Although these signals require this pre-TCR at the cell surface, they are independent of ligand binding to the pre-TCR. If the pre-TCR forms the cell downregulates CD25 and is termed a DN4 cell; these cells undergo a round of proliferation and begin to re-arrange TCRα locus. Double-positive thymocytes migrate deep into the thymic cortex, where they are presented with self-antigens; these self-antigens are expressed by thymic cortical epithelial cells on MHC molecules on the surface of cortical epithelial cells. Only those thymocytes that interact with MHC-I or MHC-II will receive a vital "survival signal". All that cannot will die by "death by neglect"; this process ensures that the selected T cells will have an MHC affinity that can serve useful functions in the body. The vast majority of developing thymocytes will die during this process; the process of positive selection takes a number of days. A thymocyte's fate is determined during positive selection. Double-positive cells that interact well with MHC class II molecules will become CD4+ cells, whereas thymocytes that interact well with MHC class I molecules mature into CD8+ cells.
A T cell becomes a CD4+ cell by down-regulating expression of its CD8 cell surface receptors. If the cell does not lose its signal, it will continue downregulating CD8 and become a CD4+, single positive cell; this process does not remove thymocytes. The autoimmune cells are removed by the process of negative selection, which occurs in the thymic medulla. Negative selection removes thymocytes that are capable of binding with "self" MHC peptides. Thymocytes that survive positive selection migrate towards the boundary of the cortex and medulla in the thymus. While in the medulla, they are again presented with a self-antigen presented on the MHC complex of medullary thymic epithelial cells. MTECs must be AIRE+ to properly express self-antigens from all tissues of the body on their MHC class I peptides; some mTECs are phagocytosed by thymic dendritic cells. Thym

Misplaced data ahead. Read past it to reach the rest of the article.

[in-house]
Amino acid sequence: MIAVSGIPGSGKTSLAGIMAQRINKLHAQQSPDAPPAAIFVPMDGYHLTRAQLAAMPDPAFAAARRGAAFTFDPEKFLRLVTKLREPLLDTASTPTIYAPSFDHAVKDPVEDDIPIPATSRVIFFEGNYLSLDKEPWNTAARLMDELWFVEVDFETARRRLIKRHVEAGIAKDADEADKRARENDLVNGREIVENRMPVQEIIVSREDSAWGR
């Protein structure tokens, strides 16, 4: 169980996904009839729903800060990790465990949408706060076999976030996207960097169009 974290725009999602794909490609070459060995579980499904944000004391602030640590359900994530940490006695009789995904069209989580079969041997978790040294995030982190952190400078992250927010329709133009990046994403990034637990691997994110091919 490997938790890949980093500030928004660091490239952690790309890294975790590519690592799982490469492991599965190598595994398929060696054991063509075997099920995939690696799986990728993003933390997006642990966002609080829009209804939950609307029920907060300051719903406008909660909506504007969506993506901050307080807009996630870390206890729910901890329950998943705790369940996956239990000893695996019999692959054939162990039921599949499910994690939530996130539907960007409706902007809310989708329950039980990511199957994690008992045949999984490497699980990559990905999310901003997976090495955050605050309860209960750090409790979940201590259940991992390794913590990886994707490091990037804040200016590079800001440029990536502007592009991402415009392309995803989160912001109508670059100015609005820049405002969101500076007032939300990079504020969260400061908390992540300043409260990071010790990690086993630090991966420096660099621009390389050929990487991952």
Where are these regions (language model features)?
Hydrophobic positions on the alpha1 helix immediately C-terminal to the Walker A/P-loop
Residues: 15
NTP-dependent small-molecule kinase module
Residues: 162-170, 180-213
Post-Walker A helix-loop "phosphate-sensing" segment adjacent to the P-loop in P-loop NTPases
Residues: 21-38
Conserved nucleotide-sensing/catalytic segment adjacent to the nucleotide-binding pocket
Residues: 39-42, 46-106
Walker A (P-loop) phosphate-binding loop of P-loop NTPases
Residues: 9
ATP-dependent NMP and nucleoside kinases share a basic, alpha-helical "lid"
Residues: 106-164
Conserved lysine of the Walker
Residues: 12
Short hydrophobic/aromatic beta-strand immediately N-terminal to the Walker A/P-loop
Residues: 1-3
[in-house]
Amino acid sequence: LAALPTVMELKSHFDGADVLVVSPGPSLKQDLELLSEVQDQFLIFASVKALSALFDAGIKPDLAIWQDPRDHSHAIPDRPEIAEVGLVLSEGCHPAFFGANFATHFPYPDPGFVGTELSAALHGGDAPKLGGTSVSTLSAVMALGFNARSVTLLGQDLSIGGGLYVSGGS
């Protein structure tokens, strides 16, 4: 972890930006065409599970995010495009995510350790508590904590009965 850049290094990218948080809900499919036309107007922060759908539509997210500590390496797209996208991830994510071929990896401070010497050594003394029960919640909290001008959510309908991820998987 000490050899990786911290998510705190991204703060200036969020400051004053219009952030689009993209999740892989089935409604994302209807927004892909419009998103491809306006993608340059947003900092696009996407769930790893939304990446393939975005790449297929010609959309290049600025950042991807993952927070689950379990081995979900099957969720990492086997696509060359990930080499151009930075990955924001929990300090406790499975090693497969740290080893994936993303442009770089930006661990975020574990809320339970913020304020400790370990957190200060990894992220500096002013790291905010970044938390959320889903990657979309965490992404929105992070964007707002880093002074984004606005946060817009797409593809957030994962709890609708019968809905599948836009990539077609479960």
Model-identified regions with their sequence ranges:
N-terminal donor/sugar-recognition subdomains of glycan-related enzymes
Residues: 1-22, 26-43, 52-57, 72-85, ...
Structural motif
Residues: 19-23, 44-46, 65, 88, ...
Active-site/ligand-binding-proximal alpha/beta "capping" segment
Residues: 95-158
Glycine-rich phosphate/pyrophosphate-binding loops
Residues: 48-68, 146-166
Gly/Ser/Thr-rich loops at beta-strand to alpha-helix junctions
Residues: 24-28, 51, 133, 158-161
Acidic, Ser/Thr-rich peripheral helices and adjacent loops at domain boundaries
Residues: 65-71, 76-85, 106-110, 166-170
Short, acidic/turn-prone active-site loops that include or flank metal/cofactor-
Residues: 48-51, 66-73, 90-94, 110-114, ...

Cornsay is a hamlet and civil parish in County Durham, England. The population of the Civil Parish taken at the 2011 census was 1,128, it is 6 miles southeast of Consett and 7 miles southwest of Durham. It consists including four farms & is the home of Greenacres nudist club. All belonged to Ushaw College for the training of Catholic priests, hence the organised nomenclature. East and West Farms are now in private hands as homes but the other two are still active, South Farm run by the Suddes family and North Farm by the Tweddle family. On the village green is the enigmatic "draw well": on first look a bus shelter but, on closer inspection, a building with a 17th-century dedication, it was once the main source of water for the village, a site for the sale of paraffin at a time when the village was larger. It was restored in 2007 by the removal of a breeze-block infill that had blocked the doorway and now has a new wrought-iron gate that allows inspection of the interior of the building. See Cornsay Colliery.
Media related to Cornsay at Wikimedia Commons